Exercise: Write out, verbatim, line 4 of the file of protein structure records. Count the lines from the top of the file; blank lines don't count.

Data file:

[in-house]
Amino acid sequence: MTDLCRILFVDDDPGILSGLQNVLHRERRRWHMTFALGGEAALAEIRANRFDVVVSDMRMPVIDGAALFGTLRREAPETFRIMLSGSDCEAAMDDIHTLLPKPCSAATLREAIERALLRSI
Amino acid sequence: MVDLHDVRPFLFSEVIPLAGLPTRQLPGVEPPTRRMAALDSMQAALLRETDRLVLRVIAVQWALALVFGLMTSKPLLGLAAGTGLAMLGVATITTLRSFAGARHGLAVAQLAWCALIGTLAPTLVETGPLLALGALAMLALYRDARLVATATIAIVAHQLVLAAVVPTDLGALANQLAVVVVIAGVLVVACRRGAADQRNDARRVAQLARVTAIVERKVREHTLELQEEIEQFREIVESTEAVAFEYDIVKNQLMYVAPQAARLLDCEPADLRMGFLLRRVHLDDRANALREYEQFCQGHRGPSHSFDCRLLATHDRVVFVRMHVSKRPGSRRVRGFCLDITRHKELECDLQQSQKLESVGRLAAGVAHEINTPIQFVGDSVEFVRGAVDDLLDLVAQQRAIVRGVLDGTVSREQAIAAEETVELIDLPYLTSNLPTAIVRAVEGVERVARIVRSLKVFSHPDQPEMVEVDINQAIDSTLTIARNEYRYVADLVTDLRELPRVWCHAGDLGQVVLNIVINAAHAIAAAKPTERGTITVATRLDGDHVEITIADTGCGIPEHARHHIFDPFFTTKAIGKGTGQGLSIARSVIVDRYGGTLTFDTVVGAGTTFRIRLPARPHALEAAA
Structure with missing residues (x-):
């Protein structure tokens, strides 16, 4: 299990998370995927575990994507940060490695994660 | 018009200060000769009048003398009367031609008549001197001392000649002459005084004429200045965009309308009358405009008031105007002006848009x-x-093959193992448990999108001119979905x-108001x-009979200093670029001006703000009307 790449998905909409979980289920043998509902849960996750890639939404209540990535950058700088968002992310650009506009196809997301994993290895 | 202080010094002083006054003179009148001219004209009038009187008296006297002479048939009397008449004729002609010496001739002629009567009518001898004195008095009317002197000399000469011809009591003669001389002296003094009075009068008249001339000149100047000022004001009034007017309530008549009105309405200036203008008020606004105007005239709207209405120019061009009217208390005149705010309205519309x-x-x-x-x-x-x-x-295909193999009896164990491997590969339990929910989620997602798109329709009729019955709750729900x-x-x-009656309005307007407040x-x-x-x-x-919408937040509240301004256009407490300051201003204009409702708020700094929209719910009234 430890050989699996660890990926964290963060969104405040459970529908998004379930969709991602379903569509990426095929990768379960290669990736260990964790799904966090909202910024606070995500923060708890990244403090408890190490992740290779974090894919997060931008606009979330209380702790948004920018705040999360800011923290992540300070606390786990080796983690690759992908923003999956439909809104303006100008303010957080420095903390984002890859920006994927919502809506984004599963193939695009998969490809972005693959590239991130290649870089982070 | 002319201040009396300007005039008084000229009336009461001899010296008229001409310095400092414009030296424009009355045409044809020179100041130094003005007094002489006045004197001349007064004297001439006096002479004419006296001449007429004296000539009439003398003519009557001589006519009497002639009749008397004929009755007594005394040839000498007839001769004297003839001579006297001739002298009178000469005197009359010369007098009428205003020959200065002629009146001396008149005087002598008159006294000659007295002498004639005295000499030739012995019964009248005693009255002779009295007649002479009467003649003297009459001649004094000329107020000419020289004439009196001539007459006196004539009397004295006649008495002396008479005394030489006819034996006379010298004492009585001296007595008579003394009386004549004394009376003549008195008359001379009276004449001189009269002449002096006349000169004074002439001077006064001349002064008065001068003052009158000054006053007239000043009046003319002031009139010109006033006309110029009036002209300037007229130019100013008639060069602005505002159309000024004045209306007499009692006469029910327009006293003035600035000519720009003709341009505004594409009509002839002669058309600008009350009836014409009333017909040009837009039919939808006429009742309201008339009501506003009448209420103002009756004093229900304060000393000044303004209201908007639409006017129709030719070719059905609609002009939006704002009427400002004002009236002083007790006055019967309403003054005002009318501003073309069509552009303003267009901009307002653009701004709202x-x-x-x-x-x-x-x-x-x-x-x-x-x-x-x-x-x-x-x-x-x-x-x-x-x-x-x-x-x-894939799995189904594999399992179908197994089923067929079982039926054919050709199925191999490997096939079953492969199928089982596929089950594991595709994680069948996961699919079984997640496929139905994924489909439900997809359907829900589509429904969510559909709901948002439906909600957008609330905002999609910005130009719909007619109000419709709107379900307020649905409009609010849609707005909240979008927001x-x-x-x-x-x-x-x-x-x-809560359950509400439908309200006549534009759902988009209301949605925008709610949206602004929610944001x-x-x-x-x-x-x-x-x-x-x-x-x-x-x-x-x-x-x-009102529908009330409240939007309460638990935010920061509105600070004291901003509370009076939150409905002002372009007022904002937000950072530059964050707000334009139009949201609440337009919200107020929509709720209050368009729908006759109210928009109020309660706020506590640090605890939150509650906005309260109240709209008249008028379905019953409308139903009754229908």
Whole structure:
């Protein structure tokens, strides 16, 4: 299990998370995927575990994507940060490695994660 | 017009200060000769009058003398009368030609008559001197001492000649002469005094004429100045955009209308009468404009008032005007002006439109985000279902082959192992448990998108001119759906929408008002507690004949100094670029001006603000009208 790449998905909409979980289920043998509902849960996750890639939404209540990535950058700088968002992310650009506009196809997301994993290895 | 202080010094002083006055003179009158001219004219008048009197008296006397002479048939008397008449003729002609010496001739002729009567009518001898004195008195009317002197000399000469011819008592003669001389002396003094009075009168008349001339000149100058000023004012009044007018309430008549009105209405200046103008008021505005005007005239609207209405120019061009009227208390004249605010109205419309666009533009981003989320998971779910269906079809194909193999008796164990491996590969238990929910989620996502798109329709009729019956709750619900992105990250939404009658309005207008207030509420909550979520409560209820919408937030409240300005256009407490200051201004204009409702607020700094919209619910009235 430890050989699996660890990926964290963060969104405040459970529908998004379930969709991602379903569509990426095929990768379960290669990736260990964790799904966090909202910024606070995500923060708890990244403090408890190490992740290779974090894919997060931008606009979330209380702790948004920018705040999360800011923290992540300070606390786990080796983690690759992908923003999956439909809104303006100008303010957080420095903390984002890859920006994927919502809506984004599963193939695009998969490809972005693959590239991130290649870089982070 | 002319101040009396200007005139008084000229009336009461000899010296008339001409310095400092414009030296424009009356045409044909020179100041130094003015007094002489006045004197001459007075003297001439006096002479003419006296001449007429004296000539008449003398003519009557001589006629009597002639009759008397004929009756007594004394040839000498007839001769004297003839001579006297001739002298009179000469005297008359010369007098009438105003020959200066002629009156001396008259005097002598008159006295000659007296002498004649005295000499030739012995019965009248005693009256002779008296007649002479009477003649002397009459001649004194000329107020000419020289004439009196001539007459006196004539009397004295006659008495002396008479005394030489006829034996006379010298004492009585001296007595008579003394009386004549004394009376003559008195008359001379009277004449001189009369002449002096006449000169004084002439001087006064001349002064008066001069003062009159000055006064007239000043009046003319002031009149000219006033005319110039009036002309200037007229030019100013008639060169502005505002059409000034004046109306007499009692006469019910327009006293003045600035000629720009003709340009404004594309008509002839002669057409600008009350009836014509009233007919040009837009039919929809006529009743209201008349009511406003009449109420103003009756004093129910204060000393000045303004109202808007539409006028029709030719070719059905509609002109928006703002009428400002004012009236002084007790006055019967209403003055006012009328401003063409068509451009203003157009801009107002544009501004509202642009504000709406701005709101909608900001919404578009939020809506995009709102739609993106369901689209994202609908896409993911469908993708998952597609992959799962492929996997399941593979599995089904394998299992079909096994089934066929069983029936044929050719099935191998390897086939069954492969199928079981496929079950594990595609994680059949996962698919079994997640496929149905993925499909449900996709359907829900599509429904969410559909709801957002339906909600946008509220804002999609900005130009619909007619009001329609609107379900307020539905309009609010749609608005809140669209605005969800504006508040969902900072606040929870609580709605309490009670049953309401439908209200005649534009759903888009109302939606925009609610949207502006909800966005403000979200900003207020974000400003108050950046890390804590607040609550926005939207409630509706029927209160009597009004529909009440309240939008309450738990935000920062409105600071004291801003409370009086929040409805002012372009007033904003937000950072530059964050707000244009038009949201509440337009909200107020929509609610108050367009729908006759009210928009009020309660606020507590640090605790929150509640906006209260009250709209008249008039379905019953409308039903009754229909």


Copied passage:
Structure with missing residues (x-):